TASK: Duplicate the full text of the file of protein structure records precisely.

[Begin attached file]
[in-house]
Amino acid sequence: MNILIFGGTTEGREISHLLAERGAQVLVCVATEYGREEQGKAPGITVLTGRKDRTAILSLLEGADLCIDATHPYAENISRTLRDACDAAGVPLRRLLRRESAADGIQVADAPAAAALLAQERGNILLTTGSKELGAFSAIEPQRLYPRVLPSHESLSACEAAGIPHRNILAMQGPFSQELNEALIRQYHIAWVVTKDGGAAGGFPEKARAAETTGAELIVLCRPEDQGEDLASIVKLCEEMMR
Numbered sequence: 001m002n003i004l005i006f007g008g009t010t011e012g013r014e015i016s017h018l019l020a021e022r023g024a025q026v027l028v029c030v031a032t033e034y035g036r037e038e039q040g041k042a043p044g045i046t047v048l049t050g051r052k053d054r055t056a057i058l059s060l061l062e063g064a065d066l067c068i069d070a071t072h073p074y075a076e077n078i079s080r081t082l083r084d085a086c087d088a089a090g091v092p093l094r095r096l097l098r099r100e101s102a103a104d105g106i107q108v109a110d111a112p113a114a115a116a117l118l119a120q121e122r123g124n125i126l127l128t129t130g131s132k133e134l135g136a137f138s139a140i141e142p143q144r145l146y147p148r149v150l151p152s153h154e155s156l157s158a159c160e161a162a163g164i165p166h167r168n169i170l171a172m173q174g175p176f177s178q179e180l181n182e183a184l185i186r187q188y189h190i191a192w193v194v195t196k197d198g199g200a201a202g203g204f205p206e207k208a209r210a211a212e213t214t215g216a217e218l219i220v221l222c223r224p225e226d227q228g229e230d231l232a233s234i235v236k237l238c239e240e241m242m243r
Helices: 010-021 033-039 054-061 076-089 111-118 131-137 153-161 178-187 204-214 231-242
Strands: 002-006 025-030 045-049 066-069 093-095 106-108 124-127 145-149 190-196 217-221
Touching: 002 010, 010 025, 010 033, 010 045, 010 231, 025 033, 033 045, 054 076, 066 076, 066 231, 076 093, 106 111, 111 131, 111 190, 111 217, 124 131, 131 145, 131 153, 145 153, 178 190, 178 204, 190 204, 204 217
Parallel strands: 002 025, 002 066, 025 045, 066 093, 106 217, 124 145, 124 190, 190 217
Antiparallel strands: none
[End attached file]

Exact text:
[in-house]
Amino acid sequence: MNILIFGGTTEGREISHLLAERGAQVLVCVATEYGREEQGKAPGITVLTGRKDRTAILSLLEGADLCIDATHPYAENISRTLRDACDAAGVPLRRLLRRESAADGIQVADAPAAAALLAQERGNILLTTGSKELGAFSAIEPQRLYPRVLPSHESLSACEAAGIPHRNILAMQGPFSQELNEALIRQYHIAWVVTKDGGAAGGFPEKARAAETTGAELIVLCRPEDQGEDLASIVKLCEEMMR
Numbered sequence: 001m002n003i004l005i006f007g008g009t010t011e012g013r014e015i016s017h018l019l020a021e022r023g024a025q026v027l028v029c030v031a032t033e034y035g036r037e038e039q040g041k042a043p044g045i046t047v048l049t050g051r052k053d054r055t056a057i058l059s060l061l062e063g064a065d066l067c068i069d070a071t072h073p074y075a076e077n078i079s080r081t082l083r084d085a086c087d088a089a090g091v092p093l094r095r096l097l098r099r100e101s102a103a104d105g106i107q108v109a110d111a112p113a114a115a116a117l118l119a120q121e122r123g124n125i126l127l128t129t130g131s132k133e134l135g136a137f138s139a140i141e142p143q144r145l146y147p148r149v150l151p152s153h154e155s156l157s158a159c160e161a162a163g164i165p166h167r168n169i170l171a172m173q174g175p176f177s178q179e180l181n182e183a184l185i186r187q188y189h190i191a192w193v194v195t196k197d198g199g200a201a202g203g204f205p206e207k208a209r210a211a212e213t214t215g216a217e218l219i220v221l222c223r224p225e226d227q228g229e230d231l232a233s234i235v236k237l238c239e240e241m242m243r
Helices: 010-021 033-039 054-061 076-089 111-118 131-137 153-161 178-187 204-214 231-242
Strands: 002-006 025-030 045-049 066-069 093-095 106-108 124-127 145-149 190-196 217-221
Touching: 002 010, 010 025, 010 033, 010 045, 010 231, 025 033, 033 045, 054 076, 066 076, 066 231, 076 093, 106 111, 111 131, 111 190, 111 217, 124 131, 131 145, 131 153, 145 153, 178 190, 178 204, 190 204, 204 217
Parallel strands: 002 025, 002 066, 025 045, 066 093, 106 217, 124 145, 124 190, 190 217
Antiparallel strands: none